By Nikki Gaskins firstname.lastname@example.org
CHARLESTON, S.C. (WCIV) A revised contract for the completion of I-526 is expected to get the green light Thursday in Columbia during a state Department of Transportation Commission meeting.
State House Speaker Bobby Harrell says he will go before the DOT Commission, urging them to approve the Intergovernmental Agreement.
Both Harrell and Charleston County Vice Chairman Elliott Summey say they are eager to get the ball rolling on the roadway's completion.
Of course, there are those who oppose the project all together.
"The rural character of Johns Island is going to be destroyed, not to mention a lot of environmental effects it will have," said homeowner Rich Thomas.
For the last five and a half years, Thomas has called Johns Island home.
"This is one of the most beautiful places on the planet," he said.
However, he and fellow homeowners believe I-526 will ruin that beauty that's why he plans to travel to Columbia Thursday to encourage the DOT commission to reject the agreement.
"There are over 3,000 properties within a thousand feet of the road that will be impacted by this project," said Thomas.
Summey says the county already has a contract with the DOT, but what commissioners will vote on Thursday is merely an amendment to it that he anticipates will pass.
"The document lays the groundwork for who is doing what during the process of the project," said Summey. "Each side is in agreement on the document."
Summey says the document is about 25 pages long and simply explains each party's involvement in the project.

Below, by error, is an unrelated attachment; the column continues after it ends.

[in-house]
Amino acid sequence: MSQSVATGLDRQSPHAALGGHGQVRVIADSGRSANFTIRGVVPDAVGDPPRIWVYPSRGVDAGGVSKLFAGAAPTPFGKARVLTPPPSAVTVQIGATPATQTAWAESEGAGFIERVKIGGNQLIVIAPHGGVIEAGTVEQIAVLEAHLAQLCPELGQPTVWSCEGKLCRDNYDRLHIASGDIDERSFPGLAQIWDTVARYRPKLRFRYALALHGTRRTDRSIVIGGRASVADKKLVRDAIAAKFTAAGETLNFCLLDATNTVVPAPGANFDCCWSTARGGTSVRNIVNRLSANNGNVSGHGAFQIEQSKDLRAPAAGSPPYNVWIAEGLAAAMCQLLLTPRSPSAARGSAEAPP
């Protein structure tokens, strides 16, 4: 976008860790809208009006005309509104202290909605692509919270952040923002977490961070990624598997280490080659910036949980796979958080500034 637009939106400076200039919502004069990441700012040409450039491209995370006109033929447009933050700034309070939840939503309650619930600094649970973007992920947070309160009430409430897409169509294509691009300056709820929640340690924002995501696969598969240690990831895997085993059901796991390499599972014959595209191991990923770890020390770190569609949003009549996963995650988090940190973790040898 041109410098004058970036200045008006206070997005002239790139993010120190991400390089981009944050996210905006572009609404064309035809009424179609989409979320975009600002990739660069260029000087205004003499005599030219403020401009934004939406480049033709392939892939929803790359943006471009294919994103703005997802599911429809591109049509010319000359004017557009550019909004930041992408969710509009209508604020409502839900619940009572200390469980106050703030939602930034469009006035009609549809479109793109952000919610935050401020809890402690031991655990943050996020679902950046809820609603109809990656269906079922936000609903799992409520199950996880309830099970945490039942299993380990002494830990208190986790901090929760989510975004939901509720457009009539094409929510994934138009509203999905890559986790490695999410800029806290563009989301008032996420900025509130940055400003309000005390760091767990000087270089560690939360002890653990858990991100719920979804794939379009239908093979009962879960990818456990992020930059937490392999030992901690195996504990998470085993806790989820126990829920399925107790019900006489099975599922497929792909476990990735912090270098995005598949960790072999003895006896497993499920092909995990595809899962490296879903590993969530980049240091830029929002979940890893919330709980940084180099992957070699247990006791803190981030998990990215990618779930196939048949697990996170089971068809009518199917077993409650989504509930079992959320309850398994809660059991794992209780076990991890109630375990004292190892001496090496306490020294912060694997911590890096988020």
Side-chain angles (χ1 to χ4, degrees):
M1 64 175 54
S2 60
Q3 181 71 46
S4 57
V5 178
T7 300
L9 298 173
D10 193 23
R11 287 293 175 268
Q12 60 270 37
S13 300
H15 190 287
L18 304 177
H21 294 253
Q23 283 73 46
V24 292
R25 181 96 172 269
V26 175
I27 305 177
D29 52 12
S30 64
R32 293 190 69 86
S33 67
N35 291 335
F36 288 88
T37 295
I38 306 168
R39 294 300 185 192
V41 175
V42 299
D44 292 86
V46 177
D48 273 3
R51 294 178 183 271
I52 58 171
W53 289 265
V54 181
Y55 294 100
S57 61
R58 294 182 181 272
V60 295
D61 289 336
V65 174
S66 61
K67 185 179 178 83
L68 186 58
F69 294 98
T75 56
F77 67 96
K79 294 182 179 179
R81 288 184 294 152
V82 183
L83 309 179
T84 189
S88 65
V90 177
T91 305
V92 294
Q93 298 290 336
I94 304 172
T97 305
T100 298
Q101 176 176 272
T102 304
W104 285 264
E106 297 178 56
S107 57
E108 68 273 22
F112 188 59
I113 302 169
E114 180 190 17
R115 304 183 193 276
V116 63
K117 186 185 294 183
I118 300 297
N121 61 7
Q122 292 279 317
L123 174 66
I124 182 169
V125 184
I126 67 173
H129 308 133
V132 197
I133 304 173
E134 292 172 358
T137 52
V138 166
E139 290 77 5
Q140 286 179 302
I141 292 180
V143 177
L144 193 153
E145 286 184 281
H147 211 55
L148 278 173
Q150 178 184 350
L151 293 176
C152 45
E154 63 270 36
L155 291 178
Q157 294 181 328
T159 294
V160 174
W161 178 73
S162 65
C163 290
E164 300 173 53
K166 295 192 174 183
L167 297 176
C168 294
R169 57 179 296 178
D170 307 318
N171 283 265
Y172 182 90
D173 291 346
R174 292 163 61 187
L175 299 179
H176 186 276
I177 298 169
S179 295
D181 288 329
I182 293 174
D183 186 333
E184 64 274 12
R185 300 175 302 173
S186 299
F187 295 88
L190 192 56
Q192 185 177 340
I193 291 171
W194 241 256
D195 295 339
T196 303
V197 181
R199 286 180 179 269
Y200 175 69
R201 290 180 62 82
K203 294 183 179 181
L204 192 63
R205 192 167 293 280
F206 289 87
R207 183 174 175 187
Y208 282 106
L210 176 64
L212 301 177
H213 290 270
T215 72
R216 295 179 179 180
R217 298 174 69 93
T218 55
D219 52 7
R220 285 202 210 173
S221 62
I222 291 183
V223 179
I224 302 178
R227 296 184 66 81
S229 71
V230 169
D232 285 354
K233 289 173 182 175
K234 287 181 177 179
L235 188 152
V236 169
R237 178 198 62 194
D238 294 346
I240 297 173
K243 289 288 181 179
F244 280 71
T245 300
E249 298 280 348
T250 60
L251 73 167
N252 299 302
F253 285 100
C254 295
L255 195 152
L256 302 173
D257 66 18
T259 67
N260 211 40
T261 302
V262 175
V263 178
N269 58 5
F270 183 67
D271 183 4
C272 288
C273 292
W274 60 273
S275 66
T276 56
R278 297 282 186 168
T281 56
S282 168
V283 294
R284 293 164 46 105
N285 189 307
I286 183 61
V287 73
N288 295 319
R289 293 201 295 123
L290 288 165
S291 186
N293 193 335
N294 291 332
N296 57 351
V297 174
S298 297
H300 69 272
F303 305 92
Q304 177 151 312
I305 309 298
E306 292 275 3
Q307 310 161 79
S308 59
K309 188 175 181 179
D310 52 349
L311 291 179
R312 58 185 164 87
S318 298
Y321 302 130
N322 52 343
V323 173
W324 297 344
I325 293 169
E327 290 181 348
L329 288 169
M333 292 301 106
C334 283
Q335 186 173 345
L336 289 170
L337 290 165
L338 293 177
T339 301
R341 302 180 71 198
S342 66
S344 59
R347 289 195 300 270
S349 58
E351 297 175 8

"Charleston County will be overseeing the project," said Harrell. "This has been a very long time coming."
According to Harrell, construction can begin once the agreement is approved.
"It's time to build the road," he said. "This is probably the last hurdle that we need to get through."
For those favoring the approximately $560 million dollar project, it will extend I-526 by about nine miles, connecting West Ashley with James and Johns islands.
"It's important that we get this road finished so that we deal with the traffic problems in and around the area," said Harrell.
Summey says once the highway is completed, it will have a feel similar to that of Chuck Dawley Boulevard.
But for homeowners like Rich Thomas, there are hopes the commissioners don't cave in to what he calls political pressure and turn down the agreement.
"The political pressures have been so strong, I think they feel they have no recourse but to vote for this. We'll see how it plays out," said Thomas.
Summey says if for some reason the commission rejects the agreement, they'll keep revising it until the commission approves it. Neither Harrell nor Summey say they expect that to happen.